By the second day, the prisoners were already tired of being seen and treated like they weren’t human beings. They rebelled! They ripped off the numbers on their uniforms and pushed their beds against the door, locking themselves in. They were fed up after a day, think about being fed up after 400 years. The guards were stunned by the revolts, so they brought in back up to restrain the cranky prisoners. The guards then started retaliating. They unleashed chilling carbon dioxide of their fire extinguishers, breaking into the prisoners’ cells. They stripped them naked, tormented them, and removed their beds. The most rebellious prisoners was placed in solitary confinement to try and disrupt their solidarity. Some of the more obedient prisoners were granted special privileges, well, as special as special can get in prison. They were able to eat special meals, while the rest of the inmates didn’t even get a chance to eat; they lost that right. The prisoners solely relied on the guards for everything, and the more dependent the inmates became, the more the guards abused their privilege.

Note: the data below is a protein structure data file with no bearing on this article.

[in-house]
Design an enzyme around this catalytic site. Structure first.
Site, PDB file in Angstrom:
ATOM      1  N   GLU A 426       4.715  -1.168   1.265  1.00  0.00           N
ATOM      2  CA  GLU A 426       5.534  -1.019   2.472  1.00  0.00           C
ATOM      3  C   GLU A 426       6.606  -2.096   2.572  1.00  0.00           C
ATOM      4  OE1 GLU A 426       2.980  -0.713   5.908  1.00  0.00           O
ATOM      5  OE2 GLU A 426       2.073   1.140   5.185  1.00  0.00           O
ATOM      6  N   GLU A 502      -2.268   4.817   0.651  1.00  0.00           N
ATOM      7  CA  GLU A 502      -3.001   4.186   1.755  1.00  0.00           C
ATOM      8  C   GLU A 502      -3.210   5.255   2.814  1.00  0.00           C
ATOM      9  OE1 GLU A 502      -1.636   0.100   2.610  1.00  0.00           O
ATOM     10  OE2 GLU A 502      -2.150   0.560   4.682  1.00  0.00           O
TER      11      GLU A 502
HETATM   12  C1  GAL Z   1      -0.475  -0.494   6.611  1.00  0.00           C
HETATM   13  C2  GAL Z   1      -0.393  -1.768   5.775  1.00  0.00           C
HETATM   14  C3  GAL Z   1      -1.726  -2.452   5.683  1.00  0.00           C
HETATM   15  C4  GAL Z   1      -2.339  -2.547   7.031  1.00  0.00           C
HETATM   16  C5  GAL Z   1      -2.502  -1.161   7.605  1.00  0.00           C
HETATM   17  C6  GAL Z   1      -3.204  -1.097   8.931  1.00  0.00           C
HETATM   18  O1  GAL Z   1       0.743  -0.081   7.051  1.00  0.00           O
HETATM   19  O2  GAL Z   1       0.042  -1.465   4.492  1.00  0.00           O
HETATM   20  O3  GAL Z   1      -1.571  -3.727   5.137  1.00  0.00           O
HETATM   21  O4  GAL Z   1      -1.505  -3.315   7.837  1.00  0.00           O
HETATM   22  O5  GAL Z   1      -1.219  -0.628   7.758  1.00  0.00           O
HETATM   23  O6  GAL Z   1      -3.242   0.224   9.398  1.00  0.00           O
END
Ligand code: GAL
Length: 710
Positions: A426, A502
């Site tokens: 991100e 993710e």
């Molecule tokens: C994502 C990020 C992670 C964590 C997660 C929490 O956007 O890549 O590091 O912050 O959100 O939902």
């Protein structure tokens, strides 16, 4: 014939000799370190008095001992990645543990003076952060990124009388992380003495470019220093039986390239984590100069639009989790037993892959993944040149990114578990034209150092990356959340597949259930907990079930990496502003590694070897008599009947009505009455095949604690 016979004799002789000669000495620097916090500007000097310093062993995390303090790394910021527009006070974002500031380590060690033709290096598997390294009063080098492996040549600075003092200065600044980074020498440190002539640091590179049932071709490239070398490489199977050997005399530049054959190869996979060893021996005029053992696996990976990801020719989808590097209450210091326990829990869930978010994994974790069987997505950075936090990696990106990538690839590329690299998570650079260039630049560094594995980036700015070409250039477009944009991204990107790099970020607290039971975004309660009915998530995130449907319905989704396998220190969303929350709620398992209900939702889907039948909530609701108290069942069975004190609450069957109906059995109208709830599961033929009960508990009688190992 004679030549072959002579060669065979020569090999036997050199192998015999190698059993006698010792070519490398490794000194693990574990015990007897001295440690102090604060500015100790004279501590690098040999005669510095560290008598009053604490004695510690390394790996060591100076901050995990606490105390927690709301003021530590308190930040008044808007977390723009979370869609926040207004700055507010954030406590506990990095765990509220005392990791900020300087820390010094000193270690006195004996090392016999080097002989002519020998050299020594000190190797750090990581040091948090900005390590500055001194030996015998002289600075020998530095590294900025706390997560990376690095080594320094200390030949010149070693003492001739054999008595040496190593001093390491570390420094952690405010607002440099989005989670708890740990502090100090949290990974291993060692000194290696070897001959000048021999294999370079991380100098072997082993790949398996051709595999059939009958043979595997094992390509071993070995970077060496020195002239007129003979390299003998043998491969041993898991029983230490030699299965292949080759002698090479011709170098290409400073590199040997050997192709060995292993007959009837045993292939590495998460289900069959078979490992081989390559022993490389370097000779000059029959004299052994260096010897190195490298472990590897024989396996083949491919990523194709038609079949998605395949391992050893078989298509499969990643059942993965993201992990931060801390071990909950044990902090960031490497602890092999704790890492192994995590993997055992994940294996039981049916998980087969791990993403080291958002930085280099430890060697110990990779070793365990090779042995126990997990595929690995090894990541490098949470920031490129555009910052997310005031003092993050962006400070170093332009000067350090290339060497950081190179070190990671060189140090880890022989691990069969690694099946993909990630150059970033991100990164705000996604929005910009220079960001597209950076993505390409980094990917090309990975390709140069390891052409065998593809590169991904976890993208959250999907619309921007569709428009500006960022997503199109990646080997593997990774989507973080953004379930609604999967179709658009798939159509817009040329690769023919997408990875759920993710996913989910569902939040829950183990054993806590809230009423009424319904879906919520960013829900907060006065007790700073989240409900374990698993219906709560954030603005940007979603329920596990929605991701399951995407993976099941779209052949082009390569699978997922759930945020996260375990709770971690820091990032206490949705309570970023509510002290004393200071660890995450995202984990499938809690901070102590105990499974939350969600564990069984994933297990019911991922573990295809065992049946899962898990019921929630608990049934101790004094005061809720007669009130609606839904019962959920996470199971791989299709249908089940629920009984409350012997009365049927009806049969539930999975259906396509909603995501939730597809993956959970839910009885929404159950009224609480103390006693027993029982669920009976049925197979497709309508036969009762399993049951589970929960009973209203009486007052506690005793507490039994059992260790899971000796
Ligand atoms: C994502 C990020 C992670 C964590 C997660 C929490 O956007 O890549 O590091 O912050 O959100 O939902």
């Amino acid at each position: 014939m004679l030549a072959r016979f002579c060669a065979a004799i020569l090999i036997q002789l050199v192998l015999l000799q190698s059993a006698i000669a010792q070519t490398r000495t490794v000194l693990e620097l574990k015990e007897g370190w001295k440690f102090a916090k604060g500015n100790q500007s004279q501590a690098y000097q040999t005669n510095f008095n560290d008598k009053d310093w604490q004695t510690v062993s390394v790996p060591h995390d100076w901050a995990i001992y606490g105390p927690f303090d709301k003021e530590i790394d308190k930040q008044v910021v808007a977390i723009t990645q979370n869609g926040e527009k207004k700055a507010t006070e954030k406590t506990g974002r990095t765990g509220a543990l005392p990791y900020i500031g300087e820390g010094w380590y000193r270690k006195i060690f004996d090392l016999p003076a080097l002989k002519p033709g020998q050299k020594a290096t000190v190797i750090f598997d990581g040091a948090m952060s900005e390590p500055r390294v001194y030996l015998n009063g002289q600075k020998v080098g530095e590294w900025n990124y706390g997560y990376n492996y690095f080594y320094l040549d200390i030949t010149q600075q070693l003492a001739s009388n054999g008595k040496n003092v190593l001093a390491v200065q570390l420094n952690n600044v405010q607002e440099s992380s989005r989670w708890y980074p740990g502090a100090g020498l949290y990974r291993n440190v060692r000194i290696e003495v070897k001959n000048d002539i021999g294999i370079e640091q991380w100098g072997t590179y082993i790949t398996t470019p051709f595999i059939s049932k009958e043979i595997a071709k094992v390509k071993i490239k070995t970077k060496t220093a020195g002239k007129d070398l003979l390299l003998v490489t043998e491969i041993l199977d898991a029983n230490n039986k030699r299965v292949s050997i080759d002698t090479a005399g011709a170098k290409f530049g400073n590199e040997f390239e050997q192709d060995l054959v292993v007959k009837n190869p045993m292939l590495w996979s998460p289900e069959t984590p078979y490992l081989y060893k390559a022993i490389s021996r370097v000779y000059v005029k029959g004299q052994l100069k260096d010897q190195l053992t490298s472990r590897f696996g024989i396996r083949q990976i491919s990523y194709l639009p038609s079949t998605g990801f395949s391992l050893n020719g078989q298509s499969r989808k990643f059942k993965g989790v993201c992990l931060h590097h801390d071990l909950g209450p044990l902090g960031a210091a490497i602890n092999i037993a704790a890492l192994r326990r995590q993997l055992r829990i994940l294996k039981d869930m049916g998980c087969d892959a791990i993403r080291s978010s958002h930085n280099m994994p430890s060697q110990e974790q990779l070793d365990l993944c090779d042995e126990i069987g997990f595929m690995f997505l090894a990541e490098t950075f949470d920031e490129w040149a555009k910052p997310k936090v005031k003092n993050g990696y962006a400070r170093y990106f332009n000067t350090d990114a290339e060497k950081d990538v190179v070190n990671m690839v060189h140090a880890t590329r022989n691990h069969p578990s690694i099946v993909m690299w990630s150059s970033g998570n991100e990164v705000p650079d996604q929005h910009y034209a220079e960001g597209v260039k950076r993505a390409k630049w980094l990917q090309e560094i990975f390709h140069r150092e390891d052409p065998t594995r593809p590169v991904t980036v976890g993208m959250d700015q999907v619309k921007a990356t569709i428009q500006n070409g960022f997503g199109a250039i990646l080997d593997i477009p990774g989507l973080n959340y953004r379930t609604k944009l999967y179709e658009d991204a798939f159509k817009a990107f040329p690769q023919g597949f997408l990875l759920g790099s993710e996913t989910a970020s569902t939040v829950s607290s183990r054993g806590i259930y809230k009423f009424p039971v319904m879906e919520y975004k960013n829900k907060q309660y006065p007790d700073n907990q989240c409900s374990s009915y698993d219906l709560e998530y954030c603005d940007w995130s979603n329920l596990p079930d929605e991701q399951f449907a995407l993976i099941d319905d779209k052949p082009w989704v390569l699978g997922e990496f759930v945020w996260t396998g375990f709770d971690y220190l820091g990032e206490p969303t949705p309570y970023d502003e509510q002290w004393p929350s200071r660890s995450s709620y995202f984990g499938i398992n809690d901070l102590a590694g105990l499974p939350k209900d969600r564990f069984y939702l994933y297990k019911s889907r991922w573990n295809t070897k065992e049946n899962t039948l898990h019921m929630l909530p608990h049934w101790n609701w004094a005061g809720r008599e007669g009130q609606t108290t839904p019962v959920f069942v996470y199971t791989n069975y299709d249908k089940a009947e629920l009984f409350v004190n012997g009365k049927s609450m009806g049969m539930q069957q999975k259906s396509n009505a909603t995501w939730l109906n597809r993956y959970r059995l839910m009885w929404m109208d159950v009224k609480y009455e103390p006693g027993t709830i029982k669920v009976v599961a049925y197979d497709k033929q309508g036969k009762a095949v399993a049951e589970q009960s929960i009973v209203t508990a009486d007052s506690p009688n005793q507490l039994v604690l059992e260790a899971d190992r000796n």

Prisoner 8612 was the first person to suffer a mental breakdown, demanding to be freed from the experiment. Eshelman stated that he didn’t think that him and the rest of the guards had that type of authority to make others react in a way like Prisoner 8612; he thought they were faking it or weak. Moving into the third and fourth day, things began to escalate even more. Guards would make prisoners clean toilets with their bare hands. They would mercilessly taunt them, degrade them in front of one another, it was very unusual; the punishments even grew sexual. Through the minds of the guards, they knew that many men had some insecurities when it came to sex, so they wanted to play on those fears. More prisoners began to break down as the experiment progressed; the next victim being Prisoner 819. After breaking down, crying uncontrollably and going into hysterics, the other prisoners were instructed to chant about how bad of a prisoner he was and how because of his actions, everyone else had to suffer. Prisoner 819 could hear all of this, and when psychologists tried to get him to leave he refused because he didn’t want to be labeled as a worse prisoner than he already was considered. Philip Zimbardo had enough, and he could see that the other participants did too. A two week long experiment turned into six days. The guards removed their khakis, their sunglasses, and returned their billy clubs, while the prisoners were able to be human again.